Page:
Environmental Impacts of the Akosombo Dam and Effects of Climate Change on the Lake Levels

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Abstract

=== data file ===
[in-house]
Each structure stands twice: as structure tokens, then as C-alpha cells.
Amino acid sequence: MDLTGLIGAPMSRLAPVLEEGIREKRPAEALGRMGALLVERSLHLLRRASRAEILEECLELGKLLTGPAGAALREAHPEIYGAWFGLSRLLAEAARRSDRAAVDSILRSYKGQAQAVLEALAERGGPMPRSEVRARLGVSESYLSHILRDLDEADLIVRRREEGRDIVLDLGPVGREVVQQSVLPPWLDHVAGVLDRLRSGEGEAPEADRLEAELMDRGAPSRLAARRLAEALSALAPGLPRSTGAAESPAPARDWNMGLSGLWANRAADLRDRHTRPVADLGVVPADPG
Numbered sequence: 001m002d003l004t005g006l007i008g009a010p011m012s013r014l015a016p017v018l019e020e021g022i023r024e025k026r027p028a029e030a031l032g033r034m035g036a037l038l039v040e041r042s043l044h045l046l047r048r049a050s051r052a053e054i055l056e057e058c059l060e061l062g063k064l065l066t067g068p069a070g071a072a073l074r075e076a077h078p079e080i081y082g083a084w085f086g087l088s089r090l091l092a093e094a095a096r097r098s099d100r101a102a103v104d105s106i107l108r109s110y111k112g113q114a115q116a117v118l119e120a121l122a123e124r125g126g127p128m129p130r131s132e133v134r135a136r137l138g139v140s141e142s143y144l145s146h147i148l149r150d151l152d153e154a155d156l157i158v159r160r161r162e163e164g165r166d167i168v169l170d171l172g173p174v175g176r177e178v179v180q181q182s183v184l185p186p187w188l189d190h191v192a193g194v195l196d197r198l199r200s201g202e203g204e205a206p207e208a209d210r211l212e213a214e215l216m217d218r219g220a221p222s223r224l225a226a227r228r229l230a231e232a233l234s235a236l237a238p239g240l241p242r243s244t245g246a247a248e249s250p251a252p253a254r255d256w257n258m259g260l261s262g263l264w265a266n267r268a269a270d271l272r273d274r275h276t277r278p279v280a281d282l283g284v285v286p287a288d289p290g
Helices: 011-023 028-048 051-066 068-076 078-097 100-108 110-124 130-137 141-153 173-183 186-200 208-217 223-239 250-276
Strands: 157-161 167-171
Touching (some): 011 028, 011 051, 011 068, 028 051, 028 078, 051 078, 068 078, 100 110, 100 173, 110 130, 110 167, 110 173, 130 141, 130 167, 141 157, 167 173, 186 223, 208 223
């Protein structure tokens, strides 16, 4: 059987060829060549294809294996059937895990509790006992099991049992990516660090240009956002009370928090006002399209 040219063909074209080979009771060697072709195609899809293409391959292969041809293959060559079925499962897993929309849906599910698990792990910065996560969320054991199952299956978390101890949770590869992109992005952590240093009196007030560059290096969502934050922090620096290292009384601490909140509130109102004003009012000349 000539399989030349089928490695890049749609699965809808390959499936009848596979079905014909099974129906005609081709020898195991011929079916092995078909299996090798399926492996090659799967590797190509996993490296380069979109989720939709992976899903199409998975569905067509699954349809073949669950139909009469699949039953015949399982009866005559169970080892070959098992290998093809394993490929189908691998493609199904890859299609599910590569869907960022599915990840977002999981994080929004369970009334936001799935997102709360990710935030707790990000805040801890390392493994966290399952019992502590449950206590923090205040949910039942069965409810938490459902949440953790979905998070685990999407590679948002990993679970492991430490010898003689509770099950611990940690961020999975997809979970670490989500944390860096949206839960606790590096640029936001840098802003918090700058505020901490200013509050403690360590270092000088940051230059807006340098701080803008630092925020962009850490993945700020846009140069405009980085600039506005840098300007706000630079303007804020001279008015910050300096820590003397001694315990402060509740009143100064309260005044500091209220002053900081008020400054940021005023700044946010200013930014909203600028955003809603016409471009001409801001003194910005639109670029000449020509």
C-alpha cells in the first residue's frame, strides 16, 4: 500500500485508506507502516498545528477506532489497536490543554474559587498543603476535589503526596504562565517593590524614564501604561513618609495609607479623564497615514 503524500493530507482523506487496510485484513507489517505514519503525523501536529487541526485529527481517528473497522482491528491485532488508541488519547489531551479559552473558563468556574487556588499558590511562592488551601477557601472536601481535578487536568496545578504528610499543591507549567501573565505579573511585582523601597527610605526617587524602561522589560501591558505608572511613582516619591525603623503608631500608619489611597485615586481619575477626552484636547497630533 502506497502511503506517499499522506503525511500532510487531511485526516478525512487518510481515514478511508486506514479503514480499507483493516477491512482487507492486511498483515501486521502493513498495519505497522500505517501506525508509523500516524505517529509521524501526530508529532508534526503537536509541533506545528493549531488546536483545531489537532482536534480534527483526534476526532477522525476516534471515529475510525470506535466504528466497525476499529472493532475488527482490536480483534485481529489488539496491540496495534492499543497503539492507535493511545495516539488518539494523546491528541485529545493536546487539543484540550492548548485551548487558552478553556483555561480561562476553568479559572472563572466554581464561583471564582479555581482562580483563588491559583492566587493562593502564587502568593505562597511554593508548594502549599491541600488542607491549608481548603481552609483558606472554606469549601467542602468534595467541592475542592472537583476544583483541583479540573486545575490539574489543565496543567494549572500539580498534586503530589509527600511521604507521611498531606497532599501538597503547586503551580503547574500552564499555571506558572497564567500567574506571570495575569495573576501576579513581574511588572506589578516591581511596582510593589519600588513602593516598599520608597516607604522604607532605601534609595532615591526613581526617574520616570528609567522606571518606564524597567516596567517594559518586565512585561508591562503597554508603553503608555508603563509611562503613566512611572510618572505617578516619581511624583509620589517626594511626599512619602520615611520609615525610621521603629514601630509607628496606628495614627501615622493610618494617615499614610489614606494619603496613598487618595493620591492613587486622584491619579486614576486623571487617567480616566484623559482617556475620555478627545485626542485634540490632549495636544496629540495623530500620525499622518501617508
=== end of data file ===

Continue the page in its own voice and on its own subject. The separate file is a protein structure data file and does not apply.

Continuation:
The Akosombo dam was constructed on the Volta river primarily for the generation of hydropower. The resultant Volta lake which was formed between 1962 and 1966 in Ghana will probably long be one of the greatest man-made lakes. It produces 912 MW of electricity at its maximum operating capacity. The Akosombo hydroelectric project (HEP) was meant among others to open up Ghana to rapid industrialization and hence modern development. Other positive impacts of the HEP include fishing, farming, transportation and tourism. However, there are equally negative impacts, some of which the project did not envisage and these are felt on the physical, biological and human subsystems within the immediate project environments and places much more distant from them. Recently, there have been declines in the lake levels resulting most probably from inadequate rainfall and/or runoff from the river catchments that feed the lake, and also from the observed rising temperatures. Comparisons of the runoff from two most important tributaries of the Volta (White Volta and Oti) for two time periods of 1951–1970 and 1971–1990 showed reductions in mean streamflows of 23.1% on the White Volta and 32.5% on the Oti. Similarly, a plot of the mean annual temperatures for the upper Volta basin indicated a 1^C rise in temperature from 1945–1993.